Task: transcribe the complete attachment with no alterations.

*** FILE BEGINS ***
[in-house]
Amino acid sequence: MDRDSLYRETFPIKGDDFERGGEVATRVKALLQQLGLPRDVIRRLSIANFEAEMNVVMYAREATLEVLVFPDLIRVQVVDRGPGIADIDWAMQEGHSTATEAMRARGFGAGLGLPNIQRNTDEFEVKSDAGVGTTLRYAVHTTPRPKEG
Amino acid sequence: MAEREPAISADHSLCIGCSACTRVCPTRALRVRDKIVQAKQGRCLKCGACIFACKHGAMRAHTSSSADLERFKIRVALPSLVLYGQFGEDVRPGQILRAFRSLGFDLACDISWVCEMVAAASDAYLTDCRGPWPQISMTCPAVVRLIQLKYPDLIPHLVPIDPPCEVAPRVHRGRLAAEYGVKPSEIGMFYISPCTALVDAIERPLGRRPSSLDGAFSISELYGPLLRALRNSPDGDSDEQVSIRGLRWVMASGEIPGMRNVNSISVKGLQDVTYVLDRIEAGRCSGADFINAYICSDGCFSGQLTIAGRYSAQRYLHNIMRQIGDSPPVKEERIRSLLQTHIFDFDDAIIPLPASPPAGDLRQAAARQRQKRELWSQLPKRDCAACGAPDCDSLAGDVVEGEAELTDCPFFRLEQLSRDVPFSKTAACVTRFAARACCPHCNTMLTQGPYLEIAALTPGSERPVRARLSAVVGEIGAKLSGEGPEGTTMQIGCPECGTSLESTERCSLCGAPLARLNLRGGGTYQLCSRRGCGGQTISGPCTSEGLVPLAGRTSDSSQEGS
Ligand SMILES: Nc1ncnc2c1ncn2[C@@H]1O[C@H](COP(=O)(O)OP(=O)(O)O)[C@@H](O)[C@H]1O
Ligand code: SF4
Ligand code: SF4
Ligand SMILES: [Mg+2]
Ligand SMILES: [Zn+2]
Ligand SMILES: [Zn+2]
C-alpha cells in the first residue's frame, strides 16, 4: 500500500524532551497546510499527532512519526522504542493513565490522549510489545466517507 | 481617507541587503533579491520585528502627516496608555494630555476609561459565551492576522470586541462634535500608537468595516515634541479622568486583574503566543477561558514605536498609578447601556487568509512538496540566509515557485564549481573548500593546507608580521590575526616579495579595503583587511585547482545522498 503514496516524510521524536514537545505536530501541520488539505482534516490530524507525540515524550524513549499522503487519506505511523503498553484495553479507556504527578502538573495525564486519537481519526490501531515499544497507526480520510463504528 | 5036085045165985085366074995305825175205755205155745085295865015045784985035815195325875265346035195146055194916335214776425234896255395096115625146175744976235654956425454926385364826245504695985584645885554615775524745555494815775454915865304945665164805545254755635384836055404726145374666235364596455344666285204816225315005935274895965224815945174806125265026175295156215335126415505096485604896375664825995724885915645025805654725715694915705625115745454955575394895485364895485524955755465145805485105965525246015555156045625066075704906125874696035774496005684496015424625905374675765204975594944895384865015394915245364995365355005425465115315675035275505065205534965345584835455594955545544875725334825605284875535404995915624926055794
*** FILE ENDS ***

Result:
[in-house]
Amino acid sequence: MDRDSLYRETFPIKGDDFERGGEVATRVKALLQQLGLPRDVIRRLSIANFEAEMNVVMYAREATLEVLVFPDLIRVQVVDRGPGIADIDWAMQEGHSTATEAMRARGFGAGLGLPNIQRNTDEFEVKSDAGVGTTLRYAVHTTPRPKEG
Amino acid sequence: MAEREPAISADHSLCIGCSACTRVCPTRALRVRDKIVQAKQGRCLKCGACIFACKHGAMRAHTSSSADLERFKIRVALPSLVLYGQFGEDVRPGQILRAFRSLGFDLACDISWVCEMVAAASDAYLTDCRGPWPQISMTCPAVVRLIQLKYPDLIPHLVPIDPPCEVAPRVHRGRLAAEYGVKPSEIGMFYISPCTALVDAIERPLGRRPSSLDGAFSISELYGPLLRALRNSPDGDSDEQVSIRGLRWVMASGEIPGMRNVNSISVKGLQDVTYVLDRIEAGRCSGADFINAYICSDGCFSGQLTIAGRYSAQRYLHNIMRQIGDSPPVKEERIRSLLQTHIFDFDDAIIPLPASPPAGDLRQAAARQRQKRELWSQLPKRDCAACGAPDCDSLAGDVVEGEAELTDCPFFRLEQLSRDVPFSKTAACVTRFAARACCPHCNTMLTQGPYLEIAALTPGSERPVRARLSAVVGEIGAKLSGEGPEGTTMQIGCPECGTSLESTERCSLCGAPLARLNLRGGGTYQLCSRRGCGGQTISGPCTSEGLVPLAGRTSDSSQEGS
Ligand SMILES: Nc1ncnc2c1ncn2[C@@H]1O[C@H](COP(=O)(O)OP(=O)(O)O)[C@@H](O)[C@H]1O
Ligand code: SF4
Ligand code: SF4
Ligand SMILES: [Mg+2]
Ligand SMILES: [Zn+2]
Ligand SMILES: [Zn+2]
C-alpha cells in the first residue's frame, strides 16, 4: 500500500524532551497546510499527532512519526522504542493513565490522549510489545466517507 | 481617507541587503533579491520585528502627516496608555494630555476609561459565551492576522470586541462634535500608537468595516515634541479622568486583574503566543477561558514605536498609578447601556487568509512538496540566509515557485564549481573548500593546507608580521590575526616579495579595503583587511585547482545522498 503514496516524510521524536514537545505536530501541520488539505482534516490530524507525540515524550524513549499522503487519506505511523503498553484495553479507556504527578502538573495525564486519537481519526490501531515499544497507526480520510463504528 | 5036085045165985085366074995305825175205755205155745085295865015045784985035815195325875265346035195146055194916335214776425234896255395096115625146175744976235654956425454926385364826245504695985584645885554615775524745555494815775454915865304945665164805545254755635384836055404726145374666235364596455344666285204816225315005935274895965224815945174806125265026175295156215335126415505096485604896375664825995724885915645025805654725715694915705625115745454955575394895485364895485524955755465145805485105965525246015555156045625066075704906125874696035774496005684496015424625905374675765204975594944895384865015394915245364995365355005425465115315675035275505065205534965345584835455594955545544875725334825605284875535404995915624926055794